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Cloud Security Alliance kicks off security certification

The Open Certification Framework, created in conjunction with the British Standards Institution (BSI) will eventually support an independent third-party assessment of the state of a company’s security measures
The Open Certification Framework, created in conjunction with the British Standards Institution (BSI) will eventually support an independent third-party assessment of the state of a company’s security measures

“The rise of cloud as a global compute utility creates a mandate to better harmonize compliance concerns,” said Daniele Catteddu, managing director for EMEA at the CSA, in a statement. “A key challenge the cloud industry faces is reassuring its customers that the service they provide is not only secure but can recover from any incidents with minimal disruption.”

Forrester Analyst Holger Kisker agrees. He pointed out that in taking a look at cloud-delivered app success so far, the leaders are customer relationship management (CRM), collaboration, human capital management (HCM) and e-procurement, which have all reached a healthy cloud adoption of about 25% in North America and Western Europe. That’s followed by a drop-off however, with business intelligence and analytics (BI) the next most successful application, used in cloud form by 17% of companies. The main challenges for cloud and software-as-a-service (SaaS) applications are data security and integration efforts, and they continue to take a toll on uptake.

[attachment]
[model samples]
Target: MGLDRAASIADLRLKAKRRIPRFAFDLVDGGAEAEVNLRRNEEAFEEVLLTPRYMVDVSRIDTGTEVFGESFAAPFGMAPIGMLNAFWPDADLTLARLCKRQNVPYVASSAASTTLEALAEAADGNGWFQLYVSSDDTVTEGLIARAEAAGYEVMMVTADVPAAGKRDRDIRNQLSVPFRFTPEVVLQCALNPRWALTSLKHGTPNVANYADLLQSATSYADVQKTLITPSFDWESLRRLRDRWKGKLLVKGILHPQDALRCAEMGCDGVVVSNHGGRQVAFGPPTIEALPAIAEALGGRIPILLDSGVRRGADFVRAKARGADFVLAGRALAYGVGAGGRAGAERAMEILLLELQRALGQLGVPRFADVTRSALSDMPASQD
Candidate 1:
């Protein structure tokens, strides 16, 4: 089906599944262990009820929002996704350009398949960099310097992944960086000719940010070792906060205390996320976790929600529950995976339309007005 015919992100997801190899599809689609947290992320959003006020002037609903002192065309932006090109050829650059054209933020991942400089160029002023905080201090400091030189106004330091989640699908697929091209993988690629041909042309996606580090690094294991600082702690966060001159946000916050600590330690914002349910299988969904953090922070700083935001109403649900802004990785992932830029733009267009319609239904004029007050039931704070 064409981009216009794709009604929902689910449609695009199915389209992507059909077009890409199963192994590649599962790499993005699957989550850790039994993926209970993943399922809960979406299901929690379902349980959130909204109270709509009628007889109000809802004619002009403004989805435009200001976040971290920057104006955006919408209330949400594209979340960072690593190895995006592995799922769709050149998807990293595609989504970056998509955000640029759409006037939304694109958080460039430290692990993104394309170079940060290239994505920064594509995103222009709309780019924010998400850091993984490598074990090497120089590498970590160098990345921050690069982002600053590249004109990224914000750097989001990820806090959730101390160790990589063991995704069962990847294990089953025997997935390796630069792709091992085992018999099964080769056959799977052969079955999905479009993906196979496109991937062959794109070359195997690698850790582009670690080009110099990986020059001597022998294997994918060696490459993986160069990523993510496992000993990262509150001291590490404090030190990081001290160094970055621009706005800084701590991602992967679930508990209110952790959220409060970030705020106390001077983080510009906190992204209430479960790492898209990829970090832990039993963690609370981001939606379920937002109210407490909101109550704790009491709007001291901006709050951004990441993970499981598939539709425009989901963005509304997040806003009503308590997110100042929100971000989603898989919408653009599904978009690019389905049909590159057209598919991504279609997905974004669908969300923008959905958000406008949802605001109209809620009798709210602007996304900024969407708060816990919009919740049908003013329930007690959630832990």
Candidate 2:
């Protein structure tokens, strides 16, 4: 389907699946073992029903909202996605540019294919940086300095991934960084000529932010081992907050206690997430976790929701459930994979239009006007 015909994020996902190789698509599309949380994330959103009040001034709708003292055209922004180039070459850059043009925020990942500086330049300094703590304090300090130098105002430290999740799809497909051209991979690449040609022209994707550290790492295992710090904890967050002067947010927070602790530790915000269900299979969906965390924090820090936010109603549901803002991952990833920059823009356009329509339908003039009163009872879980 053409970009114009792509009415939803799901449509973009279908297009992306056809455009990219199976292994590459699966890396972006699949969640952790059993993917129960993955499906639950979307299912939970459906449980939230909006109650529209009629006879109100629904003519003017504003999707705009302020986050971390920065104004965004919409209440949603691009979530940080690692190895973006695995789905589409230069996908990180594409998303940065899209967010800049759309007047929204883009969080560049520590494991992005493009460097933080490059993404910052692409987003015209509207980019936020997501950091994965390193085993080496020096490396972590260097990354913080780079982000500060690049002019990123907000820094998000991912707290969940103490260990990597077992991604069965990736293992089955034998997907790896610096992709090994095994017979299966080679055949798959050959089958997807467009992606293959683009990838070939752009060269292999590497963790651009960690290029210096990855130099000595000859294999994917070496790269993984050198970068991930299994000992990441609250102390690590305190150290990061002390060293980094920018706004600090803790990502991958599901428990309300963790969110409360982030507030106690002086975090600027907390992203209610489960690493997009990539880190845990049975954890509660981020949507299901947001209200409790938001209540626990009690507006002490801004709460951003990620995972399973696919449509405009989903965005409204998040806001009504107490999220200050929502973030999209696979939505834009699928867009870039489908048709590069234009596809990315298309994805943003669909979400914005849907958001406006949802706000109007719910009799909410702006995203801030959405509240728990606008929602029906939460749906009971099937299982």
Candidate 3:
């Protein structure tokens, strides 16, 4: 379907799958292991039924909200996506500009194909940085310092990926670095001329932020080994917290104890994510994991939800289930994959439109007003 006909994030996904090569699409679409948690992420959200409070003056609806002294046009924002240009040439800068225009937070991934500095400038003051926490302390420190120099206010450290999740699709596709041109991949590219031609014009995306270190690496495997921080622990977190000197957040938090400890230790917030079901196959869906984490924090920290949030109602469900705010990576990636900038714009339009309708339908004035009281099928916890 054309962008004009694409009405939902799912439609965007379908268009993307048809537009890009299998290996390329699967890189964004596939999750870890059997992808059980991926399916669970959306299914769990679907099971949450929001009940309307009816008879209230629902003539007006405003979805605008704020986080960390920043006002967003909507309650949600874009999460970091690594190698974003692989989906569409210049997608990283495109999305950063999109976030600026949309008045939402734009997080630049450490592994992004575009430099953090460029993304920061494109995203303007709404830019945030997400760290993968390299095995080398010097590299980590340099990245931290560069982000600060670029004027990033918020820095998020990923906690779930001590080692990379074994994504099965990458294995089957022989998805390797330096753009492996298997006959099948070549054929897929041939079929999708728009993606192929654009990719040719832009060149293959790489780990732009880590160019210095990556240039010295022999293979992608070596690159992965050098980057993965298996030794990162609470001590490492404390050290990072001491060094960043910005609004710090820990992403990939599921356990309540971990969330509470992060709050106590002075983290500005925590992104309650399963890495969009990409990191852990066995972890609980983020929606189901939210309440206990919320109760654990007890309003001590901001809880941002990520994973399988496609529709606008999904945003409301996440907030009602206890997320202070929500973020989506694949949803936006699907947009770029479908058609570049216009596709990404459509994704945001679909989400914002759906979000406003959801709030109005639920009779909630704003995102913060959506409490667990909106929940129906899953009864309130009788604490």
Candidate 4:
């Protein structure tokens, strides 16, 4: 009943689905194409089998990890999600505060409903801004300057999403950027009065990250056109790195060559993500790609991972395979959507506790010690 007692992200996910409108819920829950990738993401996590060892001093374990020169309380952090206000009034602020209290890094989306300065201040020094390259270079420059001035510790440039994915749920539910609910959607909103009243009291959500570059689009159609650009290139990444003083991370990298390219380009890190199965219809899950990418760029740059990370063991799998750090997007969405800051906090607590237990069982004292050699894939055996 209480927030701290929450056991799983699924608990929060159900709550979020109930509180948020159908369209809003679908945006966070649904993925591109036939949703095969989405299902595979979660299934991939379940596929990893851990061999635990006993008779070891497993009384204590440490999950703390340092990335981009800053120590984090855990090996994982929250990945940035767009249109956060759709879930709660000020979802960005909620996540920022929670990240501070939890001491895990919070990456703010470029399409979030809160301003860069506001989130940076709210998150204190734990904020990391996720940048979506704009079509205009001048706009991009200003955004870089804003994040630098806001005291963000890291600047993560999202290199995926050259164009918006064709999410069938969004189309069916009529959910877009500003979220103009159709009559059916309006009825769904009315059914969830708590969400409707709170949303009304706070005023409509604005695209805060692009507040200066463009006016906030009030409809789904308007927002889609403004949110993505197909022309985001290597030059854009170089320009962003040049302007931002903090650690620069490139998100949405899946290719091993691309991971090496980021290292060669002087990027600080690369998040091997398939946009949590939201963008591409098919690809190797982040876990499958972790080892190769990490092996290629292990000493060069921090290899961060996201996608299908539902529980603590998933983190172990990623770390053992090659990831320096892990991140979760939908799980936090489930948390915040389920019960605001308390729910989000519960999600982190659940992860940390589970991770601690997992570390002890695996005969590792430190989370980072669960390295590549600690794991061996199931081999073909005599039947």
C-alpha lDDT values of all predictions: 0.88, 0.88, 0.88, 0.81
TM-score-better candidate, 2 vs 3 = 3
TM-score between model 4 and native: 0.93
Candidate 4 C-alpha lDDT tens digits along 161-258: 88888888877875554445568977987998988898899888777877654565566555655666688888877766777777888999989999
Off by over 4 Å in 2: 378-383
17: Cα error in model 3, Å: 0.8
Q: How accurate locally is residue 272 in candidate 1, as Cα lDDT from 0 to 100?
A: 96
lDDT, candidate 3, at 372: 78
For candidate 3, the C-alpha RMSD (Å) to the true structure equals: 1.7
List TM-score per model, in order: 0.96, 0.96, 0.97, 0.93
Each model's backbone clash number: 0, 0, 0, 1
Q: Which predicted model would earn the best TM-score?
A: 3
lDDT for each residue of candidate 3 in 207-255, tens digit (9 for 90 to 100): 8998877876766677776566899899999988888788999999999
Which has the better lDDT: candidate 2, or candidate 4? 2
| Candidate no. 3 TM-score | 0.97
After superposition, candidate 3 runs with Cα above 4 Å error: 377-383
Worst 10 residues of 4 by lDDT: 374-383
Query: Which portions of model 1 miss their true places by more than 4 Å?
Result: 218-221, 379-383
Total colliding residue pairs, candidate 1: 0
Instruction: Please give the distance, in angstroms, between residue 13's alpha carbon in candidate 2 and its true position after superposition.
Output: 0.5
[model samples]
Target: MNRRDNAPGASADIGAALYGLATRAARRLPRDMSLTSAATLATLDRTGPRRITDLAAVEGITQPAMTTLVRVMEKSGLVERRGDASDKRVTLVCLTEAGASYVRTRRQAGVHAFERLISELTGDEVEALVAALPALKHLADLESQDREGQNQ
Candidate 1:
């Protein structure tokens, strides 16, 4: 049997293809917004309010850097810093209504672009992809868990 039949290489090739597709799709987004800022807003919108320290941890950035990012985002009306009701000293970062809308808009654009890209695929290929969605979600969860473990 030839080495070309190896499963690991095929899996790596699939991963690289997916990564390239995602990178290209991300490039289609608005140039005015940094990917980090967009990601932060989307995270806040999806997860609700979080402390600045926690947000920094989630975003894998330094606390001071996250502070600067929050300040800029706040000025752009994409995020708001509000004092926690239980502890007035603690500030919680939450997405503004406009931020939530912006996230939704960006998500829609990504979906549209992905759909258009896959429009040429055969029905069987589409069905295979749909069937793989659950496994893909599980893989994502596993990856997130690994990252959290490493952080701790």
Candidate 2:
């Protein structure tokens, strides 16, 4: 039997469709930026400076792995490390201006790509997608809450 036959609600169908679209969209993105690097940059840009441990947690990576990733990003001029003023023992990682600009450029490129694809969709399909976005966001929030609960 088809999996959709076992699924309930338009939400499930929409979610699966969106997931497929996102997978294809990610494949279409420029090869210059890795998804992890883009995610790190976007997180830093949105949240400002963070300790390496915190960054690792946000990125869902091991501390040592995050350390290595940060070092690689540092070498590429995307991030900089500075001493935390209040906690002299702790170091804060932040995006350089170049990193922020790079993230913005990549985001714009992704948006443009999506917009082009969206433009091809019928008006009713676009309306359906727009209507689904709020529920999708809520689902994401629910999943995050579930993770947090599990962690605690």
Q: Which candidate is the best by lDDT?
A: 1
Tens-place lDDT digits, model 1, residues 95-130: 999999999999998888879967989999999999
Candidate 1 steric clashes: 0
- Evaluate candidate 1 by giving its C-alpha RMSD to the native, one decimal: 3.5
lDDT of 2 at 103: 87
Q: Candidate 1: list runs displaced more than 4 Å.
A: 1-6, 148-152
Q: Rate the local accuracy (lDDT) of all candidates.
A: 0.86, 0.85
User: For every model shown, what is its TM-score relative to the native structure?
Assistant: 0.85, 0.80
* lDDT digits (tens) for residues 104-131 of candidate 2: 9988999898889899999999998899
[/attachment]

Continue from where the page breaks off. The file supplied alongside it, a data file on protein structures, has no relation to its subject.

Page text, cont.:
The Open Certification Framework, created in conjunction with the British Standards Institution (BSI), aims to change that. It will eventually support an independent third-party assessment of the state of a company’s security measures, but the initiative is starting off with an immediately available self-assessment process, which allows cloud providers to submit reports to the CSA STAR Registry to indicate their compliance with CSA best practices.

In the first half of 2013, the CSA Star Certification will offer third-party assessment from approved certification bodies, which will certify compliance with the ISO/IEC 27001:2005 management systems standard together with the CSA Cloud Controls Matrix (CCM).

Assessors will numerically score a company’s performance against the CCM, allowing senior management at the cloud operator to measure improvement year over year.

As a third level, the STAR Certification will eventually include continuous monitoring-based certification for ongoing compliance.

Overall, the end result of all three efforts is the establishment of a framework, “against which cloud providers can be independently benchmarked and which encourages continual improvement to ensure customers receive the best service possible,” according to David Brown, director of corporate development at BSI.

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